Of course, to be a true media partner, OMD will inevitably find itself making recommendations to clients that may end up depriving its agency shareholders of business, recommending a programme of product sampling, for example, rather than a big, glossy TV campaign. But here Simm is adamant that his company must have the freedom to keep the clients' and not the agencies' best interests at heart. 'If OMD's not in a position to do that, it won't survive. That freedom is the basis of making our business effective. If we can't do that, we don't deserve any clients.'

And he insists that relations with the agencies have progressively improved as OMD has been able to prove its worth. 'It's like a dad letting his kid take the new Mercedes for a spin. Once they've gone round the block a few times and it comes back unscratched then the trust factor goes up a little bit. So an advertiser that was a creative-only client becomes a media client too because we've been able to win them over with OMD. Or agencies suddenly see what OMD can add to their new-business pitches; everyone's working on each other's behalf after a while.'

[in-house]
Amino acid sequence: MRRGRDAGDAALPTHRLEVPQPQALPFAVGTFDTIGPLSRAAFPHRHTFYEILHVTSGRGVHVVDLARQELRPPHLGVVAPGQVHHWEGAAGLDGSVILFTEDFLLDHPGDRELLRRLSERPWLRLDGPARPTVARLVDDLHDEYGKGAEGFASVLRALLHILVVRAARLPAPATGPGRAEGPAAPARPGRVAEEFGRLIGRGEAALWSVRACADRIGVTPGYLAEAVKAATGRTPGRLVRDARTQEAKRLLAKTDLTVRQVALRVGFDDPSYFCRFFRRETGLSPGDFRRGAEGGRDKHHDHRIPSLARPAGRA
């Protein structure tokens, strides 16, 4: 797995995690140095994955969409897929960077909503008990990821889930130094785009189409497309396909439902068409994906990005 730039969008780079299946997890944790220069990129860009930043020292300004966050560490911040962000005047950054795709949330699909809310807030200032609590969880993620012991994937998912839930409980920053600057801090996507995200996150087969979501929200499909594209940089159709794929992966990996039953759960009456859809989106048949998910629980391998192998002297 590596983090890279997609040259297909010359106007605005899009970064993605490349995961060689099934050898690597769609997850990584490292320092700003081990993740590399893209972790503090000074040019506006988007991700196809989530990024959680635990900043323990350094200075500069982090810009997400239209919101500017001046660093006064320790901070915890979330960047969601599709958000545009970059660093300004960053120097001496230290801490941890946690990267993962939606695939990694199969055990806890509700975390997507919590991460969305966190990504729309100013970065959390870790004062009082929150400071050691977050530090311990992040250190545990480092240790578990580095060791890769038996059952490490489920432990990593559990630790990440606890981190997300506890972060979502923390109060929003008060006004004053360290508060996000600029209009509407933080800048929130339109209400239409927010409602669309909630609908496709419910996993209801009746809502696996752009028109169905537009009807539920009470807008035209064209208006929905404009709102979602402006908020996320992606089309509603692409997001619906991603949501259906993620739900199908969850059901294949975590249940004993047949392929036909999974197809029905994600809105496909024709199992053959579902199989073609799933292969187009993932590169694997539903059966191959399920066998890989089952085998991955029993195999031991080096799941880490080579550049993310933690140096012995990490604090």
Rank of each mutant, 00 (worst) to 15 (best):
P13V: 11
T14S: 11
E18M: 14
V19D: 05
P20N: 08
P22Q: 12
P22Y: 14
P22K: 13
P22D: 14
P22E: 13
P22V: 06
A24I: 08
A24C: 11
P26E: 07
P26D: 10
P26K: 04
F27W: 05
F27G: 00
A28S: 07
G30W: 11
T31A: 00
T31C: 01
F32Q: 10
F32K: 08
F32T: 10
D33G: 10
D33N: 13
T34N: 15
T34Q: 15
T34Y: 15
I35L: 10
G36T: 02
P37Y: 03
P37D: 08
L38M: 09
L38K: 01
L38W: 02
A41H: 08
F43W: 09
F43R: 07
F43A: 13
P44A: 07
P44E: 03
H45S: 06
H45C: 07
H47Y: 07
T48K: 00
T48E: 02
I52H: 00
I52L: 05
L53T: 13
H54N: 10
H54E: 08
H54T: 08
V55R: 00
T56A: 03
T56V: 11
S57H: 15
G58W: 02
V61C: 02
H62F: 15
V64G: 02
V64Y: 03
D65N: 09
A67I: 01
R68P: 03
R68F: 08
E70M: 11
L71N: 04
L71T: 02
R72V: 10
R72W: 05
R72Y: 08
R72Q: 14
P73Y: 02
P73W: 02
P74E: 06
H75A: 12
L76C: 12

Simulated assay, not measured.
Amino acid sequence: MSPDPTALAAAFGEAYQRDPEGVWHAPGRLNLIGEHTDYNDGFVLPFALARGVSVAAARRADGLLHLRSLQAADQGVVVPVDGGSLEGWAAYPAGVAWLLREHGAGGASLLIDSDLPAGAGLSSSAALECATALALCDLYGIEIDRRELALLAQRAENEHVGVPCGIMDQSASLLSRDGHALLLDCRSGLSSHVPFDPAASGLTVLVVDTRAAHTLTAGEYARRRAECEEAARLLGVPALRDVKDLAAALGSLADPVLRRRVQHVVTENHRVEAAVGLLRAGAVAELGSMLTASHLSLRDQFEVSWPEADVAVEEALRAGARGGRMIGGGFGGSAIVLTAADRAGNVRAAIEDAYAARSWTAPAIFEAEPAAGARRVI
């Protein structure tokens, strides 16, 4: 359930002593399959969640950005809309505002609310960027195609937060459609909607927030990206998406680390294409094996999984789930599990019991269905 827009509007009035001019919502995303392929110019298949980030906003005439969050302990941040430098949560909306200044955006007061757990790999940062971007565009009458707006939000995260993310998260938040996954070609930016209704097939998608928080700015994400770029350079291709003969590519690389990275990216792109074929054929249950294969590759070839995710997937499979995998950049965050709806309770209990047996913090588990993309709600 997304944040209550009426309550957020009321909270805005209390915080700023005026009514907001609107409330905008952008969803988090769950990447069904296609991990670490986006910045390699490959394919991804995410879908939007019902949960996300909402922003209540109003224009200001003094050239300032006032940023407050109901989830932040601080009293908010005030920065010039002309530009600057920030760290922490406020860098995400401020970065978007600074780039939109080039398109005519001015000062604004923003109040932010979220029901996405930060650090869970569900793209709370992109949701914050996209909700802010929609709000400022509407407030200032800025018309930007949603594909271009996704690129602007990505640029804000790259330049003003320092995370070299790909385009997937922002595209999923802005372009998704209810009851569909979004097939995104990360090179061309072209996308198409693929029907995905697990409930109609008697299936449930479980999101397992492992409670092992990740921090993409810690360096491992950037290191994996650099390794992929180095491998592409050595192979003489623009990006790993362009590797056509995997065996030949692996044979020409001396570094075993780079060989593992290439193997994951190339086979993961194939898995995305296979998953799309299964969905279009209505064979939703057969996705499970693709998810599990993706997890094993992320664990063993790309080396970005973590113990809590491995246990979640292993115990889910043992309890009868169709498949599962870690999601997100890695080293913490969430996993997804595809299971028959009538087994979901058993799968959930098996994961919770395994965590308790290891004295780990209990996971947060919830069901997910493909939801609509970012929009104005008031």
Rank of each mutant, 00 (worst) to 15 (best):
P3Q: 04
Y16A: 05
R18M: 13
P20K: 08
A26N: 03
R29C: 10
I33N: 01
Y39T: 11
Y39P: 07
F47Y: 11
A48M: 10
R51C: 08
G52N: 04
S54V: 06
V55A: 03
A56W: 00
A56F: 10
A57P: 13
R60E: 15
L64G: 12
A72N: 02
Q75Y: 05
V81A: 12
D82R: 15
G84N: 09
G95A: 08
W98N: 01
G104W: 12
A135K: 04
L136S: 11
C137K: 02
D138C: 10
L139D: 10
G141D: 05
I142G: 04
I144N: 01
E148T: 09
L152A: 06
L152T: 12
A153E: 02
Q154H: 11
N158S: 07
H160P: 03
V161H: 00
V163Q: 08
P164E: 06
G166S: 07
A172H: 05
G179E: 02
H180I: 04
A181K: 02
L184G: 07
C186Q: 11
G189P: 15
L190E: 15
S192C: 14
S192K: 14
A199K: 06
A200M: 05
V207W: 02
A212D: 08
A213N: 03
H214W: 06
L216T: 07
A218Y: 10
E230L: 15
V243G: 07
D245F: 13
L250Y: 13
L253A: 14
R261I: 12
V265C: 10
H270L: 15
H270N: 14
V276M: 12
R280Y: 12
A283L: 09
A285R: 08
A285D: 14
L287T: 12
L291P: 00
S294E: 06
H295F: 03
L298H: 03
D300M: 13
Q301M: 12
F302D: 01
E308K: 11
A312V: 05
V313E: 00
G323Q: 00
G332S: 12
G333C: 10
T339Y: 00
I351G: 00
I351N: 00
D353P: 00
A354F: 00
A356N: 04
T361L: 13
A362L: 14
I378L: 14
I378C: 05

Considering how difficult OMD seems to have found it to even keep some of its key media staff onside and in line (several fingers pointing here towards France and the UK), such a harmonious relationship with the creative agencies seems positively utopian. Wouldn't Simm really prefer it if OMD was an Omnicom group property, not the agencies'? 'That's sort of speculative and unreal.' He's getting a bit tetchy. 'Look, the creative agencies are the ones who made the initial media investment, they made the bet. It's absolutely conventional that there are shareholders in business to whom the management is accountable and I think that, with regard to OMD, this has been spun in a negative fashion, rather than a matter of conventional fact.'